THERMAL SPA THERAPY
Origin of Warm Water Therapy
Thermal spas have been used for centuries as an integral part of general health and well being. Throughout the ages, the Greeks, Romans, Japanese, and many other cultures have realized its many benefits to the spirit, mind and body. The healing power of warm water therapy was first used by members of the military, who used it to treat sore muscles and injuries, but this knowledge quickly spread to the general population.
What is the difference between a Hot Tub and a Spa?
A Hot Tub is a large container filled with hot water for deep soaking, which is something that the Japanese do every night before going to bed. Hot tubs can be heated or unheated, but this requires the tub to be filled with hot water before it is used. In some cases, hot tubs contain a built-in heater to keep the water warm so it is ready to be used at any time.
The term Spa has its roots in ancient Latin, but it is generally used today to describe the addition of jets in hot tubs for massage therapy. Today, the terms Hot Tubs and Spas are often used interchangeably, and you will frequently see the phrase Hot Tub Spa used to indicate that a heater and massage jets are built-in.
The Birth of Hot Tubs & Spas
The hot tub industry began in the 1960’s. Hot tubs became popular because the industry promoted two things: fun and romance.
The spa industry in the 1980’s saw dramatic changes and soon realized that there were many other reasons to own a hot tub. Personal relaxation and family bonding were the two biggest reasons for its growth. The quality of life spent together was an uplifting improvement from the traditional routine of watching TV.
The spa industry of the 1990’s continued to grow by discovering the added benefits of health and wellness. Through advanced technology and improved products, modern spas provide tremendous health benefits that were originally found in the hot springs of the ancient thermal spas. The medical profession now credits hot tubs in helping patients with many ailments, including arthritis, stress, sleep disorders, diabetes, and muscle and joint pain, to name a few.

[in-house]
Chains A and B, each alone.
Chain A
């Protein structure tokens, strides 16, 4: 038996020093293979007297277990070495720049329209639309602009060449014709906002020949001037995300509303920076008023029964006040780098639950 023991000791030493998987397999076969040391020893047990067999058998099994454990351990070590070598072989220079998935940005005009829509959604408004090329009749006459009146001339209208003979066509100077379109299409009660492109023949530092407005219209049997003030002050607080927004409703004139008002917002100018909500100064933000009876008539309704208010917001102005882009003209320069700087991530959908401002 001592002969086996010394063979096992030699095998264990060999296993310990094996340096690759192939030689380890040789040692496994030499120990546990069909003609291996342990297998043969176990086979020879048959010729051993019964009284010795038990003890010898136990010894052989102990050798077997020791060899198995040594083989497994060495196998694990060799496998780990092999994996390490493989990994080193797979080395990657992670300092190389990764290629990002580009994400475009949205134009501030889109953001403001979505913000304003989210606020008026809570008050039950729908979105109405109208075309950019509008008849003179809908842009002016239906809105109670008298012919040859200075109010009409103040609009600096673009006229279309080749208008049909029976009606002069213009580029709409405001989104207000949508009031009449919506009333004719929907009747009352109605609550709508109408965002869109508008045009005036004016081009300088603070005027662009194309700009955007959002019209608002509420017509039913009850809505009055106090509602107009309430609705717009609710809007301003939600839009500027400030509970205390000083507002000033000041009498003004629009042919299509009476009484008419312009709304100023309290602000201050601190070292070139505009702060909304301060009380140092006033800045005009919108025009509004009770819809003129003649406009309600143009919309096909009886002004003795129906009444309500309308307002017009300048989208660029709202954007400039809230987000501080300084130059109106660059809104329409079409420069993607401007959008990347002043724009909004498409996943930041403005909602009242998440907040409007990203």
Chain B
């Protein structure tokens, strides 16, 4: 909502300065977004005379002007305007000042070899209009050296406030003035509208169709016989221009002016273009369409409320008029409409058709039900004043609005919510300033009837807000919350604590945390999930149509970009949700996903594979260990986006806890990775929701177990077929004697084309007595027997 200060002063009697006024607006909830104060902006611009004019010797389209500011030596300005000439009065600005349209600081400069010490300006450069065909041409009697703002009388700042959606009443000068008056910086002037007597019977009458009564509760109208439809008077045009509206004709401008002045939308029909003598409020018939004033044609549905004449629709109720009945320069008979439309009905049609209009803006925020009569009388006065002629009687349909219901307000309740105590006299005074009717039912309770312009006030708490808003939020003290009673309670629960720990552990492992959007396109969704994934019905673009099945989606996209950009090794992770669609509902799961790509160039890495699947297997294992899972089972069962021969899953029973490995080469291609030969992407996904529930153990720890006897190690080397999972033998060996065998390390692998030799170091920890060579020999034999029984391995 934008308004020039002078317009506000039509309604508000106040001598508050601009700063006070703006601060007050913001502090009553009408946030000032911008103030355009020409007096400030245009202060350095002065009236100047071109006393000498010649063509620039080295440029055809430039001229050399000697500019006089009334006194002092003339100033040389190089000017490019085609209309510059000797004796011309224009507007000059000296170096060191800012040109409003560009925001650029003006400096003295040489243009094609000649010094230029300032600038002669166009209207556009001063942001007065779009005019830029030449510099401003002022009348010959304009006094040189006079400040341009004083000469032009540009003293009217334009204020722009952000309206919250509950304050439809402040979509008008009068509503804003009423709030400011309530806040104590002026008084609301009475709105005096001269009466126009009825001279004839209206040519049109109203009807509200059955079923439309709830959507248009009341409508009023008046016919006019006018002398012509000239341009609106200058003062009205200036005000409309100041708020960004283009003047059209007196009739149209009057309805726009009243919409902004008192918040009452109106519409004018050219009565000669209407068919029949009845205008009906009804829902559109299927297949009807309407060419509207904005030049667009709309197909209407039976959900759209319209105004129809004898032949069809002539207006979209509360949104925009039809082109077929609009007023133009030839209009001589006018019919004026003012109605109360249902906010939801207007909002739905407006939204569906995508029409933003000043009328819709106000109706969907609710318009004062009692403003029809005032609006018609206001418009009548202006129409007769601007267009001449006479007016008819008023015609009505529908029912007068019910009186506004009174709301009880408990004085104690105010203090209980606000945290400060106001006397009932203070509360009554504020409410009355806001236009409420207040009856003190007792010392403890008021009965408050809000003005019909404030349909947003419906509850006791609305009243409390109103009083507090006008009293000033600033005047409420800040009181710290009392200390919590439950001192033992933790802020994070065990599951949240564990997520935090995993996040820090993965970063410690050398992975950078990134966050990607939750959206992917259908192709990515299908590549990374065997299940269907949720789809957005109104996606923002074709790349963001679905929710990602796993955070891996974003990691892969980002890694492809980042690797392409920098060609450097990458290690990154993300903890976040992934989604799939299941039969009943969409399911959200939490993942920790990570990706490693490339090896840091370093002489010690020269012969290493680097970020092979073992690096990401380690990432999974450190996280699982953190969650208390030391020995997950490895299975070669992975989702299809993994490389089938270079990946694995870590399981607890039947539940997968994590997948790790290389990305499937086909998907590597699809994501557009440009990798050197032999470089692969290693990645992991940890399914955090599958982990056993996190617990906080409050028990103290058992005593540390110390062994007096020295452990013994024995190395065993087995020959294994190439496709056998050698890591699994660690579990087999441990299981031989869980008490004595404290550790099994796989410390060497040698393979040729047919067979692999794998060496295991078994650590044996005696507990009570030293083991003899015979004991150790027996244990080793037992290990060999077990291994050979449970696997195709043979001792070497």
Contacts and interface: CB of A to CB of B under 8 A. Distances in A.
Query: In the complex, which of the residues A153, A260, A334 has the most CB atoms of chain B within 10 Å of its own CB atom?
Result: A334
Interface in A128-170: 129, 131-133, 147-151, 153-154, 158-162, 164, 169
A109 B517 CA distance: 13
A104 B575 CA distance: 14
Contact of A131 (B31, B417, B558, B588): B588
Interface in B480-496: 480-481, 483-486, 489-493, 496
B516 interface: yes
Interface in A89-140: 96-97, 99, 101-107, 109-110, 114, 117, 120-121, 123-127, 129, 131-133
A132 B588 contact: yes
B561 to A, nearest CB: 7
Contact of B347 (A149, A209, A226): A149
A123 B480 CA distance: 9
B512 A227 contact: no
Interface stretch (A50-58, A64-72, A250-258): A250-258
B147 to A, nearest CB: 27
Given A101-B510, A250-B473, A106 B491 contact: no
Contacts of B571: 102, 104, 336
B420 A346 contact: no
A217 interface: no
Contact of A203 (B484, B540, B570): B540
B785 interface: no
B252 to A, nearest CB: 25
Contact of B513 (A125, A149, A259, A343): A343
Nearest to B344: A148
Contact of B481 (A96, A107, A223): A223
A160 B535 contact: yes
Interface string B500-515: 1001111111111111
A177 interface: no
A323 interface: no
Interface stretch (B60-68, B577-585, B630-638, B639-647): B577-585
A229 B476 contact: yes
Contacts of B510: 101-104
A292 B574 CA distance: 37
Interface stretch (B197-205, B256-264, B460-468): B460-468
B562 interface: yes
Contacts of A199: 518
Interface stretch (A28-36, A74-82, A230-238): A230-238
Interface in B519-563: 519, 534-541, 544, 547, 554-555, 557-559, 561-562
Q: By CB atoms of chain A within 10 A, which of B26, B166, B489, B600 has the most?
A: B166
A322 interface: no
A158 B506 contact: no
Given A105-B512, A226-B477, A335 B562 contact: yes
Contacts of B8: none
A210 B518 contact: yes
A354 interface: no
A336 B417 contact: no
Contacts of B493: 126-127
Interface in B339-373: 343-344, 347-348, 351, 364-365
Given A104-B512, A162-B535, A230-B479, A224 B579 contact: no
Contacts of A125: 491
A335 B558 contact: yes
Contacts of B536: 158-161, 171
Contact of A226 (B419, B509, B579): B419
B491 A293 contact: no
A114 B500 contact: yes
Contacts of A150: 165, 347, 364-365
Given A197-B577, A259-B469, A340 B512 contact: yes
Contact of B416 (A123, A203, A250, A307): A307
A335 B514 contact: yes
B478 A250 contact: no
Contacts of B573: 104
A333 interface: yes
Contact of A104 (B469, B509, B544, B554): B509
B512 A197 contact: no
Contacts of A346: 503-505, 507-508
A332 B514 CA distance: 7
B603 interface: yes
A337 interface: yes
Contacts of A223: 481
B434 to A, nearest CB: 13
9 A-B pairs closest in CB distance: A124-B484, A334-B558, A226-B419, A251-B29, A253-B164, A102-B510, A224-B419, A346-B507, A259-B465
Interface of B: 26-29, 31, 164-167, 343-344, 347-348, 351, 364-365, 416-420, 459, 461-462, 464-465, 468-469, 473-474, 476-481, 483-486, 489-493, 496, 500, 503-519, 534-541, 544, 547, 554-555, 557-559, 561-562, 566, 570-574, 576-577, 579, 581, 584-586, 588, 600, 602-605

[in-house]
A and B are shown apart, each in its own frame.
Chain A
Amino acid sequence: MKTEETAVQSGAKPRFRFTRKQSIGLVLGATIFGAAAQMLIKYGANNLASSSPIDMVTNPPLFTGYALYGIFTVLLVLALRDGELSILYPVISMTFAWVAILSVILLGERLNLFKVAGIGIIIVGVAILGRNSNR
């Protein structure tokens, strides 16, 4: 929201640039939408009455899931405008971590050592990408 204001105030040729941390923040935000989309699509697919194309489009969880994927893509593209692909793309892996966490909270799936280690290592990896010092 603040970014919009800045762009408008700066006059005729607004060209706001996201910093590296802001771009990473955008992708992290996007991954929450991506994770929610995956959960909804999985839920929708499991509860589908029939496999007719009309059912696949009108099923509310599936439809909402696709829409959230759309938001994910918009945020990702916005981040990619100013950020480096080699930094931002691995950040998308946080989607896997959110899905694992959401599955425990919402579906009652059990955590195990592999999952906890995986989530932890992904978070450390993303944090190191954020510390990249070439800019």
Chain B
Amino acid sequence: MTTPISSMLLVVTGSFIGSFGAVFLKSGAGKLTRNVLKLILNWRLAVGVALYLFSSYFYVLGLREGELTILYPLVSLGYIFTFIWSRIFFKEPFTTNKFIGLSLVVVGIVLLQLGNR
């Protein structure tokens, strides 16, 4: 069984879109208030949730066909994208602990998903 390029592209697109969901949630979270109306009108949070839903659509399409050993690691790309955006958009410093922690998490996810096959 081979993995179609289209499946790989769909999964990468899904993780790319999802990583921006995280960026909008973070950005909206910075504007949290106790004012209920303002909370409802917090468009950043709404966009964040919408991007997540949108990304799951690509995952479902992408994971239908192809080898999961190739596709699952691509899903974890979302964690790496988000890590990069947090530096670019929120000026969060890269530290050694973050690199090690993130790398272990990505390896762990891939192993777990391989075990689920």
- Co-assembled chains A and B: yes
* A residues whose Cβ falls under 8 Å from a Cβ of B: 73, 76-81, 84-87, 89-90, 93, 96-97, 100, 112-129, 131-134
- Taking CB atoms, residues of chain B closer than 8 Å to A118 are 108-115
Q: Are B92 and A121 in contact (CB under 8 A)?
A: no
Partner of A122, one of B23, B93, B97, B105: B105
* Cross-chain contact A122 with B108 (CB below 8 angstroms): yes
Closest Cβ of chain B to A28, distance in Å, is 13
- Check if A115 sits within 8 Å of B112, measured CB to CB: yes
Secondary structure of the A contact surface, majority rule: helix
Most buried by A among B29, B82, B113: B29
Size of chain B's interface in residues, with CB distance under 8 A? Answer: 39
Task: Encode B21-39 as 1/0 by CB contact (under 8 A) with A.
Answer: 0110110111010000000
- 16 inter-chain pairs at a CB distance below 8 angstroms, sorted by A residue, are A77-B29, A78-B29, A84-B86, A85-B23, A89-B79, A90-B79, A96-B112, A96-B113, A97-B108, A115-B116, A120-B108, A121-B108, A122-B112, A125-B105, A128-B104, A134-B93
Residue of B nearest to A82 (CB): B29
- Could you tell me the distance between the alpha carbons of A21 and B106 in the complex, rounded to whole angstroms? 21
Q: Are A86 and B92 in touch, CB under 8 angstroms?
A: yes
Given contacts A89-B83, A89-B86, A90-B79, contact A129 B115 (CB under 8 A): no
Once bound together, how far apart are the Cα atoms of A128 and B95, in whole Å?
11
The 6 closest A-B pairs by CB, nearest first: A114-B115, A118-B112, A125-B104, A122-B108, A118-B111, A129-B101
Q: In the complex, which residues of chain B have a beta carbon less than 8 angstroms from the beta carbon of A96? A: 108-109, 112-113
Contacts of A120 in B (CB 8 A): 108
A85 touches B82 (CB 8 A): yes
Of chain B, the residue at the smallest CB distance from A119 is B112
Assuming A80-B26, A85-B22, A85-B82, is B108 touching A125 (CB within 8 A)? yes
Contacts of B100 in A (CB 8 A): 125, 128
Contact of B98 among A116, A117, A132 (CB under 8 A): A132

Today, more than ever, the industry continues to grow. The hot tub industry envisions spas becoming a permanent fixture in homes everywhere within the next ten years, and Thermo Spas is dedicated to making it affordable for everyone to buy their very own luxurious hot tub spa.
One typical treatment at natural hot springs is thermal bathing. Before the water bubbles to the surface of a natural spring, it passes through rocks high in mineral content. An article on thermal bathing by Frommer's, published in the New York Times, states that some frequent visitors to thermal baths attest to the medicinal benefits of soaking in thermal pools, sometimes for as long as four hours, or in several short visits as part of a cycle of spa treatments. They may use thermal baths to treat a skin condition, soothe muscles or address a bone ailment, though these claims are not supported by any in-depth medical study.